Republican Mitt Romney, who defended the management of his campaign even as he trails President Barack Obama in swing states, spent yesterday raising money in California, which hasn’t supported his party’s nominee in almost a quarter-century.
Speaking to donors in Del Mar, a town near his beachfront house in La Jolla (LJPC:US), Romney said his presidential campaign is “nonstop.”
“We’re just coming to town to see you and keep the campaign going,” he told 650 donors at a lunch in a hotel ballroom.
With less than seven weeks left in the presidential campaign, Romney is facing criticism from fellow Republicans who say he needs to spend more time speaking to voters in battleground states such as Virginia.
Romney spent much of the past week wooing top donors at at least a dozen fundraisers in private estates, hotel ballrooms, and casinos. Yesterday, he made his way past an AC Cobra, a vintage racing car that sells for as much as $10 million, to address donors outside San Diego and mingled with celebrities such as comedian Dennis Miller at a fundraiser in Los Angeles.
The campaign plans to increase the pace of the public schedule with an event today in Denver, followed by a three-day bus tour through Ohio with running-mate Paul Ryan and stops in Virginia later in the week.
The Colorado event is a change from the original schedule, which had Romney spending this weekend at his home in La Jolla.
At the same time, the Romney campaign is facing heightened pressure to fill its coffers. Last month, its fundraising totals trailed Obama’s for the first time in four months. Obama raised $84.8 million in August, while Romney took in $66.6 million and borrowed an additional $20 million secured by general-election campaign donations -- most already in the bank -- to pay expenses until he officially became his party’s nominee at the convention.
Between Romney fundraising events in mansions overlooking Biscayne Bay, Florida, and a Las Vegas steakhouse, where Las Vegas Sands Corp. (LVS:US)casino (LVS:US) owner Sheldon Adelson commandeered a front-row seat, aides sandwiched into the schedule five public events.
The courtship of big donors comes as Democrats have seized on Romney’s report that he and his wife, Ann, paid 14.1 percent federal tax rate on income of $13.7 million last year to add to their narrative that the former private-equity executive is out- of-touch with working-class Americans.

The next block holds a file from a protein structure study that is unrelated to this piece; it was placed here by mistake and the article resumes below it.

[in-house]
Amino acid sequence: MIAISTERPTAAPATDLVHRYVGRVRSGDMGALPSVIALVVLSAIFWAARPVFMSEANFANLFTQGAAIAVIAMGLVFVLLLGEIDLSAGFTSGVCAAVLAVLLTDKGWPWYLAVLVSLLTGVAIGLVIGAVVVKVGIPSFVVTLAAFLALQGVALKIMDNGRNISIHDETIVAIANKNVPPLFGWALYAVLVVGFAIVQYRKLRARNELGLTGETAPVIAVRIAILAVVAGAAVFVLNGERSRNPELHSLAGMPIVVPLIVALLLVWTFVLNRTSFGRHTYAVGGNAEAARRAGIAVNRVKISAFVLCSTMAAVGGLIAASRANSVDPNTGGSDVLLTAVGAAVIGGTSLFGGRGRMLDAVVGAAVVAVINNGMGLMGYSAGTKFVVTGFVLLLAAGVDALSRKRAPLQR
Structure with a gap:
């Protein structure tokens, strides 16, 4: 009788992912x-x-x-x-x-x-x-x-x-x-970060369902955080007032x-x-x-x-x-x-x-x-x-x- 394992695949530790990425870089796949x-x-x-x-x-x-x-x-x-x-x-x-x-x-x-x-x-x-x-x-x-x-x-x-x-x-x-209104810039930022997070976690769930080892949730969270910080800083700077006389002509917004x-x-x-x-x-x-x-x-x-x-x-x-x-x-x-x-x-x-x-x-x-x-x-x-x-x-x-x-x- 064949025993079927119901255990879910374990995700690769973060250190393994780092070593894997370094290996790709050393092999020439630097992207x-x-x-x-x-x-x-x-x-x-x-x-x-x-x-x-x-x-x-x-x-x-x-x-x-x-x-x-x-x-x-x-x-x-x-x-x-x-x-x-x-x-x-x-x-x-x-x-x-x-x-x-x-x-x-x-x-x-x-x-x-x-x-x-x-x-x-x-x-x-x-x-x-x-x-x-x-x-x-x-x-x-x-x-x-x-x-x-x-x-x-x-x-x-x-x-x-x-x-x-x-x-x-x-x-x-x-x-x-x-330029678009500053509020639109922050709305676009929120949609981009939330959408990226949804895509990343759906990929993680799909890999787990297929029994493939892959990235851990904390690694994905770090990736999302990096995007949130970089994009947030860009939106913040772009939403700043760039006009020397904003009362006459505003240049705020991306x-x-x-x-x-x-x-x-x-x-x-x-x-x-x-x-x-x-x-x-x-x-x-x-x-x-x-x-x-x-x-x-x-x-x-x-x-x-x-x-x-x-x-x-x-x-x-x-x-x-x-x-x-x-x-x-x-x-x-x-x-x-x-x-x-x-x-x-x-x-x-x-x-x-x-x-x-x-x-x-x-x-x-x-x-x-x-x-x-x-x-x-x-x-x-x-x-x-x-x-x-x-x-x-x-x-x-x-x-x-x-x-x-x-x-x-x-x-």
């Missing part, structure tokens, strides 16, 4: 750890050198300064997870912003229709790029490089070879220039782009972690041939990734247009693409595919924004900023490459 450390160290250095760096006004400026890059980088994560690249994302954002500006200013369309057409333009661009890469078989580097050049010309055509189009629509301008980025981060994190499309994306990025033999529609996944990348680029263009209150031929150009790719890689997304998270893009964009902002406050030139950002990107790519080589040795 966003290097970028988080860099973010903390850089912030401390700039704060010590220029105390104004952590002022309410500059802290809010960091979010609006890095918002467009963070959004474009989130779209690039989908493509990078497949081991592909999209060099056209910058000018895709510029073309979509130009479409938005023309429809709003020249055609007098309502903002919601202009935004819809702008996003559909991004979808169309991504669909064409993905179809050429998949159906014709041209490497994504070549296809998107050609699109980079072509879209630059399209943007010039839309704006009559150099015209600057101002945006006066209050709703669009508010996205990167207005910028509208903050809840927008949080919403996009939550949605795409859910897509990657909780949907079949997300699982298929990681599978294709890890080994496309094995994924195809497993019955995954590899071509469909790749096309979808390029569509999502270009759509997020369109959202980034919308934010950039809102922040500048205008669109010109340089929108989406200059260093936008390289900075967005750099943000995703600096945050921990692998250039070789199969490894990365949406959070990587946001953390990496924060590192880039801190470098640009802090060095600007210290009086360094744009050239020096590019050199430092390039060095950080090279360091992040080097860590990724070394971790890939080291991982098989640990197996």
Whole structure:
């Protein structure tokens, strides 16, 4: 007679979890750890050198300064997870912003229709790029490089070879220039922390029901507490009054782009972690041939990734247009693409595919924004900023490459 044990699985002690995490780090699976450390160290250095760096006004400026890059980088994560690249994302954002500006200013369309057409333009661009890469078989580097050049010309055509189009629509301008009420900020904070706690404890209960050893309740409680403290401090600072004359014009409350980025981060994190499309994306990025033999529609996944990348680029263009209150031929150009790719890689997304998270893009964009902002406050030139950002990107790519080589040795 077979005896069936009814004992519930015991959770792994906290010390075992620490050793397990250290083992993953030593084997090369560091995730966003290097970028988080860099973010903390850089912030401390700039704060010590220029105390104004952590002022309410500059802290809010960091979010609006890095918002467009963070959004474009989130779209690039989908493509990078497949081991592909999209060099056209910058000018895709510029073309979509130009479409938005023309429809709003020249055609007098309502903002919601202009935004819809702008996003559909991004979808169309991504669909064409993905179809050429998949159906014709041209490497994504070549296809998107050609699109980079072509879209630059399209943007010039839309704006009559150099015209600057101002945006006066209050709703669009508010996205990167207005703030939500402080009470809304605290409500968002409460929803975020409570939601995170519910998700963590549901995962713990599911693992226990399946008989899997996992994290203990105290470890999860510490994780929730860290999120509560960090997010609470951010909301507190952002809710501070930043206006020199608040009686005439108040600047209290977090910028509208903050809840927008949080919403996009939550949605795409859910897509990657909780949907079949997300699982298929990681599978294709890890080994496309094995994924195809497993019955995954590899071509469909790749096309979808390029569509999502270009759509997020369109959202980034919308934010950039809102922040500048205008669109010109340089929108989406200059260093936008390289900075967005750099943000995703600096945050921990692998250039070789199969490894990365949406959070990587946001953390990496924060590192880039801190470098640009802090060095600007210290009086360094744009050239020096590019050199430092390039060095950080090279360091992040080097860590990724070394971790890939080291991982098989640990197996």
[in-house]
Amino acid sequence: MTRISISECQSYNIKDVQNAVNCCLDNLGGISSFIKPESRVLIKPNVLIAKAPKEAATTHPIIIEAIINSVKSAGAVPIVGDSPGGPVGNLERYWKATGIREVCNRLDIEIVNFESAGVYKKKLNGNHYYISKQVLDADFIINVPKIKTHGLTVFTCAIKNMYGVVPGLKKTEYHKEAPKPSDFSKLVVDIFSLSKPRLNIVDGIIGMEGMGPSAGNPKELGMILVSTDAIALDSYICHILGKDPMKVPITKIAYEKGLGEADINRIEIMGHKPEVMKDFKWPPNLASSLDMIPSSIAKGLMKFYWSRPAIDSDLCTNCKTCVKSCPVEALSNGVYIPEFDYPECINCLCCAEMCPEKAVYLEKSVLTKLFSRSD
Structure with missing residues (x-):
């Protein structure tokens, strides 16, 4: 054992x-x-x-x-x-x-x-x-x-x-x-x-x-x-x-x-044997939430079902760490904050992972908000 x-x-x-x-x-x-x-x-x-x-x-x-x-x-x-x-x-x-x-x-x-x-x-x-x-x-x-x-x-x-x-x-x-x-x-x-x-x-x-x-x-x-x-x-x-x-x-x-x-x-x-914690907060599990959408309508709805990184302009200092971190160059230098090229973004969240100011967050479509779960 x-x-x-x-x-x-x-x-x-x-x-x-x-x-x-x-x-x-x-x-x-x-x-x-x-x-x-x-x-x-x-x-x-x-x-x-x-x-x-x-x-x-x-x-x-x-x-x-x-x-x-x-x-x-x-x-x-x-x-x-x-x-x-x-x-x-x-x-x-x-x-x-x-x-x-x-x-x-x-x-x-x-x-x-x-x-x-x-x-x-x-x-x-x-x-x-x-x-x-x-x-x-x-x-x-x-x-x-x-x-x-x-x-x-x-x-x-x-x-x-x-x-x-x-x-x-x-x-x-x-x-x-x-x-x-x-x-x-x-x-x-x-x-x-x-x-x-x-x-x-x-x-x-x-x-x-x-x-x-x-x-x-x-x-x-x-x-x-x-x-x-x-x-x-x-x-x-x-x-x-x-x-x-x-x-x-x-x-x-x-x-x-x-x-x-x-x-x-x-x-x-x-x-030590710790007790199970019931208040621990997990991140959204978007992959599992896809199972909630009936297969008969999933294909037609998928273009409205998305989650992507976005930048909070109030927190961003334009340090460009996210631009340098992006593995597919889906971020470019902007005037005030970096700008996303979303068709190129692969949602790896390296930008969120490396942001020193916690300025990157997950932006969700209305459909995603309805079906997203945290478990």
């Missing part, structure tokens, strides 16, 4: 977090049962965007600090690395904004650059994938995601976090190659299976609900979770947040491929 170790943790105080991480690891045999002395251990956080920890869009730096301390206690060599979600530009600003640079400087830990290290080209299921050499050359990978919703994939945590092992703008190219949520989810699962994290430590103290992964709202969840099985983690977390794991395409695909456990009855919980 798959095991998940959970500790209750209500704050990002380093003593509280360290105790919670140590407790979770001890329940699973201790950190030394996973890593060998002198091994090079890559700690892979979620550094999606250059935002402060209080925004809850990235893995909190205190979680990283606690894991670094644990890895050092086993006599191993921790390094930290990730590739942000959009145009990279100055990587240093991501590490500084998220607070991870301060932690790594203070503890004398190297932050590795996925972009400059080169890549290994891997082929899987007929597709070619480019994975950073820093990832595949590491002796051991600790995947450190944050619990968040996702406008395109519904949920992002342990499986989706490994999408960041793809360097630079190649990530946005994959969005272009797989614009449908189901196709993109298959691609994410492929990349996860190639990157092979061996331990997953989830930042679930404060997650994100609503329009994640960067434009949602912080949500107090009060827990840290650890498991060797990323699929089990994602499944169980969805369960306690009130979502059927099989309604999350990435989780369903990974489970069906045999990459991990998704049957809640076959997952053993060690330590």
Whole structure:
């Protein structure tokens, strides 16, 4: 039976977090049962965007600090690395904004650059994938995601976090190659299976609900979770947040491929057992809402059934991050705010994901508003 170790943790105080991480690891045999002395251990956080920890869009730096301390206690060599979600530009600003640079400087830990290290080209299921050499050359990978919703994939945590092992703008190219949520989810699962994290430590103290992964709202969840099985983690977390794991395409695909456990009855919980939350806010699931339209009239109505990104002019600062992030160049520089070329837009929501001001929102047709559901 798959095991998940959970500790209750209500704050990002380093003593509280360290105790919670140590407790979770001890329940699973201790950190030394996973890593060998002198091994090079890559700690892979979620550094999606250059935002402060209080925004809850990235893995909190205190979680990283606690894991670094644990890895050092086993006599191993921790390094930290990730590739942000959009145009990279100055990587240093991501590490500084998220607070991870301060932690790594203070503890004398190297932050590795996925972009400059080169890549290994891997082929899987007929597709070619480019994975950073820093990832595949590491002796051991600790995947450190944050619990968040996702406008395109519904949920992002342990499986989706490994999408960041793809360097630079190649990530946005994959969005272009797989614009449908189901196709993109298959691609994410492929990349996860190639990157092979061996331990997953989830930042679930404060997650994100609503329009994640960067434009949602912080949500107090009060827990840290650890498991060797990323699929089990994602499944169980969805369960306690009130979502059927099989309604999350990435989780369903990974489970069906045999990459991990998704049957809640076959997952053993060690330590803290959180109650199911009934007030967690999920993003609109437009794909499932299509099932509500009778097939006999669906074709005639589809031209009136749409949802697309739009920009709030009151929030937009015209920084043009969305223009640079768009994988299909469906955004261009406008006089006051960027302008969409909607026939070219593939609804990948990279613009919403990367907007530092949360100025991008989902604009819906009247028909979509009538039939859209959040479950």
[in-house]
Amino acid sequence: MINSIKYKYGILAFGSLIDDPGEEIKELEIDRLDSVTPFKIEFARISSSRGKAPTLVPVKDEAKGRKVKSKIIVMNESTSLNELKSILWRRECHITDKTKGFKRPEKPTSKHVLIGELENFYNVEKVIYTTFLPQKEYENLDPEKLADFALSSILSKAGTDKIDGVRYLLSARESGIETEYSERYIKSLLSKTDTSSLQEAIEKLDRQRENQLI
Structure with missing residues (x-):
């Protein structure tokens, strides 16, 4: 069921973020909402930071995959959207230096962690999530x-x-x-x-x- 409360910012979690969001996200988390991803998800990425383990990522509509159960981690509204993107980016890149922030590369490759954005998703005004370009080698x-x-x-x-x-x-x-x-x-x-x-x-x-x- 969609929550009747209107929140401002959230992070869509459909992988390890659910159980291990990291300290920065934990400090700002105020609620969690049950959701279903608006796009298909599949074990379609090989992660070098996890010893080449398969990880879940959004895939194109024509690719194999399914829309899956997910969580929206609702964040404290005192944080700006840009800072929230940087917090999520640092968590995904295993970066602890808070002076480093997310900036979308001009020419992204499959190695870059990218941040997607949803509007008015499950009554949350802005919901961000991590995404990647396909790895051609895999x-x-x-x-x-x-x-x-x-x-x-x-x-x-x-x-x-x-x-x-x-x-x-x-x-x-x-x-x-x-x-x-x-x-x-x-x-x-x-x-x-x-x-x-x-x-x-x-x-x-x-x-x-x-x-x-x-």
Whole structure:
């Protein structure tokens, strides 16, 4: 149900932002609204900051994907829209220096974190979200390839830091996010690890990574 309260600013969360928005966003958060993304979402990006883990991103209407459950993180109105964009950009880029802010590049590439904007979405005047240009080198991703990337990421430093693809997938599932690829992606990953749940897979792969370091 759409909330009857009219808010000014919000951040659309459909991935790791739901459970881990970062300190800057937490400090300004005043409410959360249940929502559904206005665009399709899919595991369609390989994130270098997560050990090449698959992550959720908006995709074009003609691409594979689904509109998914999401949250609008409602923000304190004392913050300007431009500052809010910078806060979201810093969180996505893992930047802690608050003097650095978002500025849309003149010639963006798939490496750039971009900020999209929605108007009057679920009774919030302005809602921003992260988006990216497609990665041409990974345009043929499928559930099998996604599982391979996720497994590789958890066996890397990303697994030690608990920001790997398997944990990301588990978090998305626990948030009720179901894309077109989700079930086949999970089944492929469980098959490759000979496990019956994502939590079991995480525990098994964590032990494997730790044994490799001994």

“He pays a lower rate than most middle-class families because of complex loopholes and tax shelters,” Obama campaign spokeswoman Jen Psaki told reporters yesterday.
At the ballroom of the Grand Del Mar resort yesterday, Romney regaled donors with a description of his event from the previous evening -- a fundraiser at the home of Ada Regan, a mansion nestled in the hills overlooking the San Francisco Bay.
“Property up there is, I’m sure, very, very expensive,” Romney said. “We came to the home, and it was like San Simeon, you know, the Hearst Castle. It was this beautiful home with gardens, manicured gardens, and a pool and a topiary.”
The house, Romney described, included a gold-plated replica of the heat shield used on the lunar landing module -- a technology invented by Regan’s husband, Barrie Regan, an internationally known mechanical engineer and inventor.
Romney used the story of their family’s business to get into his standard attack against Obama: that the president doesn’t understand how the economy works.
“I want to hear what small business people are thinking,” he said. “I want to know what they believe we need to do to encourage job growth.”
In Los Angeles, where Romney raised $6 million, he was introduced as a “native son” of California by supporter Tom Tellefsen, a financial investor and long-time campaign supporter. Romney owns a $12 million home in the state and his wife trains her dressage horses outside of San Diego.
“At this moment I know you are probably feeling a bit worried, frustrated, even angry,” said Tellefsen, head of Romney’s fundraising in California. “Polls are not elections. The voters have not yet spoken.”
Romney’s fundraising needs haven’t swayed critics who say his focus on cash is coming at the expense of Romney’s core economic message.
“The logic of Romney’s fundraising has seemed, for some time, slightly crazy,” Republican speechwriter Peggy Noonan wrote in a Sept. 18 column in the Wall Street Journal. “He’s raising money so he can pile it in at the end, with ads. But at the end will they make much difference?”
Romney pushed back against the criticism, saying Sept. 21 that his campaign doesn’t need an overhaul.
“It doesn’t need a turnaround,” Romney said in an interview for CBS’s “60 Minutes” program, scheduled for broadcast today. “We’ve got a campaign which is tied with an incumbent president.”
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